Re: run time code generation in python

Discussion in 'Python' started by Ian Bicking, Oct 9, 2003.

  1. Ian Bicking

    Ian Bicking Guest

    On Thursday, October 9, 2003, at 07:21 AM, Carlo v. Dango wrote:
    > Hello there. I have found a need to runtime generate a method and
    > instert
    > it into an object instance. The code is a simple forwarding mechanism
    > like
    >
    > def foo(self, *args, **kwargs):
    > self.i.foo(*args, **kwargs)


    > method.. however, it is only at runtime that I know the name "foo" so I
    > cannot gerenate such a method any sooner. I have tried the compile(str)
    > method but I haven't succeeded. I've tried using the __getattribute__
    > but
    > there is a problem in that I do not know if __getattribute__ was
    > called due
    > to a method call taking place, or due to someone who just wants a
    > reference
    > to a method.. (and for other reasons as well :) I need to runtime
    > generate
    > the above method.


    __getattr__ will allow you to forward all the methods you don't want to
    override. So you can do:

    class OverridingProxy:
    def __init__(self, obj):
    self.obj = obj
    def overridedMethod(self, foo, bar):
    # ... custom implementation
    def __getattr__(self, attr):
    return getattr(self.obj, attr)

    You don't need to distinguish between methods and normal attributes,
    generally. If you do (e.g., you want to filter the output of all the
    methods) you'll have to check the type of the getattr() result, and
    create a second proxy if it's a method. (That proxy would take the
    method reference as the object to wrap, and would implement __call__)

    --
    Ian Bicking | | http://blog.ianbicking.org
     
    Ian Bicking, Oct 9, 2003
    #1
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  2. Ian Bicking <> wrote in
    news::

    > On Thursday, October 9, 2003, at 07:21 AM, Carlo v. Dango wrote:
    >> Hello there. I have found a need to runtime generate a method and
    >> instert
    >> it into an object instance. The code is a simple forwarding mechanism
    >> like
    >>
    >> def foo(self, *args, **kwargs):
    >> self.i.foo(*args, **kwargs)

    >
    >> method.. however, it is only at runtime that I know the name "foo" so
    >> I cannot gerenate such a method any sooner. I have tried the
    >> compile(str) method but I haven't succeeded. I've tried using the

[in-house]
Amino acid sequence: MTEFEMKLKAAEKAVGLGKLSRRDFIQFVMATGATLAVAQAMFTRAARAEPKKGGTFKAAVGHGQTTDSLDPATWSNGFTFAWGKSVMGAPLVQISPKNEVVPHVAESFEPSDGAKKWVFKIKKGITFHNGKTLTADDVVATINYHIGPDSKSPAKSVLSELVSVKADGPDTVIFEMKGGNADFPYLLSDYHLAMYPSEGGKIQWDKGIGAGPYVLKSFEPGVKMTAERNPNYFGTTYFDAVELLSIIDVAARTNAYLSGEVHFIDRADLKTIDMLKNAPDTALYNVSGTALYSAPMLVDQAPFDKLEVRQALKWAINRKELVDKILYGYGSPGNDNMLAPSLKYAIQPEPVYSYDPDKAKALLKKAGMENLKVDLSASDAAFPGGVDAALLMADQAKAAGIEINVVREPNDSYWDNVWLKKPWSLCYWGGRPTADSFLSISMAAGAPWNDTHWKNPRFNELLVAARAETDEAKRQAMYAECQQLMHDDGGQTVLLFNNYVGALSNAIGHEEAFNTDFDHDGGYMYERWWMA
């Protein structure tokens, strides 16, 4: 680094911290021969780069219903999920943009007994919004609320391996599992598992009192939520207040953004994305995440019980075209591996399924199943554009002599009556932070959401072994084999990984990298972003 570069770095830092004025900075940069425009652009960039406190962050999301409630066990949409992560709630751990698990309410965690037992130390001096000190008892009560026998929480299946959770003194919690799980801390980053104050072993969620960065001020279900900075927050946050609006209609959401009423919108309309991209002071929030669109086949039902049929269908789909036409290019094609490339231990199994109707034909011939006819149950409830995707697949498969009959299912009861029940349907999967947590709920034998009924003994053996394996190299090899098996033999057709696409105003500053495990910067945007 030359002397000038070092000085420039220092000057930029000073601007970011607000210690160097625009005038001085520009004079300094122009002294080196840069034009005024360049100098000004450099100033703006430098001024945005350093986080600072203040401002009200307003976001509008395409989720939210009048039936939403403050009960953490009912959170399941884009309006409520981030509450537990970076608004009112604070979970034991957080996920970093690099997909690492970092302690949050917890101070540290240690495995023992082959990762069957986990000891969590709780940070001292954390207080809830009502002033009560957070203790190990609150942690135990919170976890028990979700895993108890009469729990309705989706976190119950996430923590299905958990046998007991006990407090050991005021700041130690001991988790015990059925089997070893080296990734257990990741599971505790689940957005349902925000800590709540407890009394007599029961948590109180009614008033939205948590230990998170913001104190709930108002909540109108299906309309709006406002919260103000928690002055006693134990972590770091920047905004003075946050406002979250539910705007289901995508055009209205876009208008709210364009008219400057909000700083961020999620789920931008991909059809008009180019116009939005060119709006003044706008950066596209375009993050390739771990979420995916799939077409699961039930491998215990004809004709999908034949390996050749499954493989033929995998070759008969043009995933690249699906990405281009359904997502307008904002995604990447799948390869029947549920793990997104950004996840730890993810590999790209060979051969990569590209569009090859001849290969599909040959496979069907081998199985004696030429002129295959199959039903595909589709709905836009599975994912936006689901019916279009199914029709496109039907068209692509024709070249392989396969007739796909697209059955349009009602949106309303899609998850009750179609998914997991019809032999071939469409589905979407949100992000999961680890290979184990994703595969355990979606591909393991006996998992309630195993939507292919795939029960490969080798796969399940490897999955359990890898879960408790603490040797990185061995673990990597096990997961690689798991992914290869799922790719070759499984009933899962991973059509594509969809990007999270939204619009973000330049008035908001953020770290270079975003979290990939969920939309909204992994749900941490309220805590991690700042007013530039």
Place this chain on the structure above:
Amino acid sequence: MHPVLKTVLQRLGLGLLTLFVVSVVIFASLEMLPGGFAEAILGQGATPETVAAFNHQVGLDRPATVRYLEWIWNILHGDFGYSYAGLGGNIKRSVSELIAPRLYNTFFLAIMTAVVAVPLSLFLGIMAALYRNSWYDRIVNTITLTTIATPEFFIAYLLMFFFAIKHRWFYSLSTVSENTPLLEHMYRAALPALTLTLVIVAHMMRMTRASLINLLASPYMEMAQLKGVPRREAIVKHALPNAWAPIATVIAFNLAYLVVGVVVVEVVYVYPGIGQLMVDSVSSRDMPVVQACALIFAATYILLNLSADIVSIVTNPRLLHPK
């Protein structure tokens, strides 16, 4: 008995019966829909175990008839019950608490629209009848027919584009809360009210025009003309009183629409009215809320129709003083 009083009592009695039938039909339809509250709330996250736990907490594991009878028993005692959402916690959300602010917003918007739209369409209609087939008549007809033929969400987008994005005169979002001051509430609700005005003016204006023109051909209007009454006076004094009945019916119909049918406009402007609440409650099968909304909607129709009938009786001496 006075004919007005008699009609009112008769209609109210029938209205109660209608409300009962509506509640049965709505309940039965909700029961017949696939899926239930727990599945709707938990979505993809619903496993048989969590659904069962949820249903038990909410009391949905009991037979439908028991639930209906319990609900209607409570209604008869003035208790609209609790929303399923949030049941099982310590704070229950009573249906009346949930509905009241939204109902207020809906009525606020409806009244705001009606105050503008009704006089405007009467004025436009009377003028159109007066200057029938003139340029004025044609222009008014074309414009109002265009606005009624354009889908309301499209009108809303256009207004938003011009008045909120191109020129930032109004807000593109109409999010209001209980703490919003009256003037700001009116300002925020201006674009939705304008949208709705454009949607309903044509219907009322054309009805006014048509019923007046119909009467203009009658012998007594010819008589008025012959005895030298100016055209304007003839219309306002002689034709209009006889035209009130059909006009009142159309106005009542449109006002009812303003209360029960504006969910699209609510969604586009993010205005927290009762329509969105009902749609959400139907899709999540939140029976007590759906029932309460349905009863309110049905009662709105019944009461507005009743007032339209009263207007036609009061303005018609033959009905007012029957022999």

>> __getattribute__ but
    >> there is a problem in that I do not know if __getattribute__ was
    >> called due
    >> to a method call taking place, or due to someone who just wants a
    >> reference
    >> to a method.. (and for other reasons as well :) I need to runtime
    >> generate
    >> the above method.

    >
    > __getattr__ will allow you to forward all the methods you don't want
    > to override. So you can do:
    >
    > class OverridingProxy:
    > def __init__(self, obj):
    > self.obj = obj
    > def overridedMethod(self, foo, bar):
    > # ... custom implementation
    > def __getattr__(self, attr):
    > return getattr(self.obj, attr)
    >
    > You don't need to distinguish between methods and normal attributes,
    > generally. If you do (e.g., you want to filter the output of all the
    > methods) you'll have to check the type of the getattr() result, and
    > create a second proxy if it's a method. (That proxy would take the
    > method reference as the object to wrap, and would implement __call__)


    thanks for your posting, but I cannot use your suggestion as mentioned
    in my posting. The reason is that I want to redefine self. Hence self
    may be changed when a method call is performed.. but i don't know when
    method calls are performed.. the getattr is no good since it will not
    distinguish between method calls and people only fetching a pointer to
    the method.

    -Carlo
     
    Carlo v. Dango, Oct 9, 2003
    #2
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